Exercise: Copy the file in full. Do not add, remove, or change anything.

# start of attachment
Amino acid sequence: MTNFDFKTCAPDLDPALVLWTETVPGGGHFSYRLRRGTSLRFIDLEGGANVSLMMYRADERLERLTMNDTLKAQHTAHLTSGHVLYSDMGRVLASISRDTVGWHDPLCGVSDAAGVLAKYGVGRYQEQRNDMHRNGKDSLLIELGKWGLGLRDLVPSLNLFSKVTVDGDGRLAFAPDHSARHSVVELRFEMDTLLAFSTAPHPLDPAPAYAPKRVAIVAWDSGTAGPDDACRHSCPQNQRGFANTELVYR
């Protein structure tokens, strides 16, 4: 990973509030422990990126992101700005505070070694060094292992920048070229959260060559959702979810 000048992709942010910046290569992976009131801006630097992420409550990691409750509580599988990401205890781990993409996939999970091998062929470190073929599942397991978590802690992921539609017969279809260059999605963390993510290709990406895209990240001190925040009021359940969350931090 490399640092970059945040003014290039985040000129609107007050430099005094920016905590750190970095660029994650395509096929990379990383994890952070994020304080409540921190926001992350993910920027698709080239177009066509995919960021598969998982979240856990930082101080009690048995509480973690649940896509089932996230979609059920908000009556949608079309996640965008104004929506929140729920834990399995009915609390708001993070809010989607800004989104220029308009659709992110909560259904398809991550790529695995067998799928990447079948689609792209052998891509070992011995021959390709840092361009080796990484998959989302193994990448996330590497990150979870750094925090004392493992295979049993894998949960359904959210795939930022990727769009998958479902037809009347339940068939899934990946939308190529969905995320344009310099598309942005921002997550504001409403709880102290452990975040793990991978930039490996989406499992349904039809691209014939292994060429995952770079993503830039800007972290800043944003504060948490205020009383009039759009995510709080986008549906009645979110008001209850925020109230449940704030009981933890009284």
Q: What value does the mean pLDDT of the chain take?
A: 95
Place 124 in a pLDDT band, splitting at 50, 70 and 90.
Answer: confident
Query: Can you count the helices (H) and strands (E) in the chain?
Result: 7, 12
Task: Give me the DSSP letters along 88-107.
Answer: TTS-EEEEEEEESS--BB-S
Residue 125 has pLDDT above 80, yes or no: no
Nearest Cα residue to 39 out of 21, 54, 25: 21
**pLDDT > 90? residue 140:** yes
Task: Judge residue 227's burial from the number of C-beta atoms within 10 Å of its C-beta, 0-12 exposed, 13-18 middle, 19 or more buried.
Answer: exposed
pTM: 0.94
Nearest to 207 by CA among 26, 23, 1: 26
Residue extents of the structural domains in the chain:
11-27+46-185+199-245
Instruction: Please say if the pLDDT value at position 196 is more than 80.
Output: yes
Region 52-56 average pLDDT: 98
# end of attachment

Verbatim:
Amino acid sequence: MTNFDFKTCAPDLDPALVLWTETVPGGGHFSYRLRRGTSLRFIDLEGGANVSLMMYRADERLERLTMNDTLKAQHTAHLTSGHVLYSDMGRVLASISRDTVGWHDPLCGVSDAAGVLAKYGVGRYQEQRNDMHRNGKDSLLIELGKWGLGLRDLVPSLNLFSKVTVDGDGRLAFAPDHSARHSVVELRFEMDTLLAFSTAPHPLDPAPAYAPKRVAIVAWDSGTAGPDDACRHSCPQNQRGFANTELVYR
């Protein structure tokens, strides 16, 4: 990973509030422990990126992101700005505070070694060094292992920048070229959260060559959702979810 000048992709942010910046290569992976009131801006630097992420409550990691409750509580599988990401205890781990993409996939999970091998062929470190073929599942397991978590802690992921539609017969279809260059999605963390993510290709990406895209990240001190925040009021359940969350931090 490399640092970059945040003014290039985040000129609107007050430099005094920016905590750190970095660029994650395509096929990379990383994890952070994020304080409540921190926001992350993910920027698709080239177009066509995919960021598969998982979240856990930082101080009690048995509480973690649940896509089932996230979609059920908000009556949608079309996640965008104004929506929140729920834990399995009915609390708001993070809010989607800004989104220029308009659709992110909560259904398809991550790529695995067998799928990447079948689609792209052998891509070992011995021959390709840092361009080796990484998959989302193994990448996330590497990150979870750094925090004392493992295979049993894998949960359904959210795939930022990727769009998958479902037809009347339940068939899934990946939308190529969905995320344009310099598309942005921002997550504001409403709880102290452990975040793990991978930039490996989406499992349904039809691209014939292994060429995952770079993503830039800007972290800043944003504060948490205020009383009039759009995510709080986008549906009645979110008001209850925020109230449940704030009981933890009284």
Q: What value does the mean pLDDT of the chain take?
A: 95
Place 124 in a pLDDT band, splitting at 50, 70 and 90.
Answer: confident
Query: Can you count the helices (H) and strands (E) in the chain?
Result: 7, 12
Task: Give me the DSSP letters along 88-107.
Answer: TTS-EEEEEEEESS--BB-S
Residue 125 has pLDDT above 80, yes or no: no
Nearest Cα residue to 39 out of 21, 54, 25: 21
**pLDDT > 90? residue 140:** yes
Task: Judge residue 227's burial from the number of C-beta atoms within 10 Å of its C-beta, 0-12 exposed, 13-18 middle, 19 or more buried.
Answer: exposed
pTM: 0.94
Nearest to 207 by CA among 26, 23, 1: 26
Residue extents of the structural domains in the chain:
11-27+46-185+199-245
Instruction: Please say if the pLDDT value at position 196 is more than 80.
Output: yes
Region 52-56 average pLDDT: 98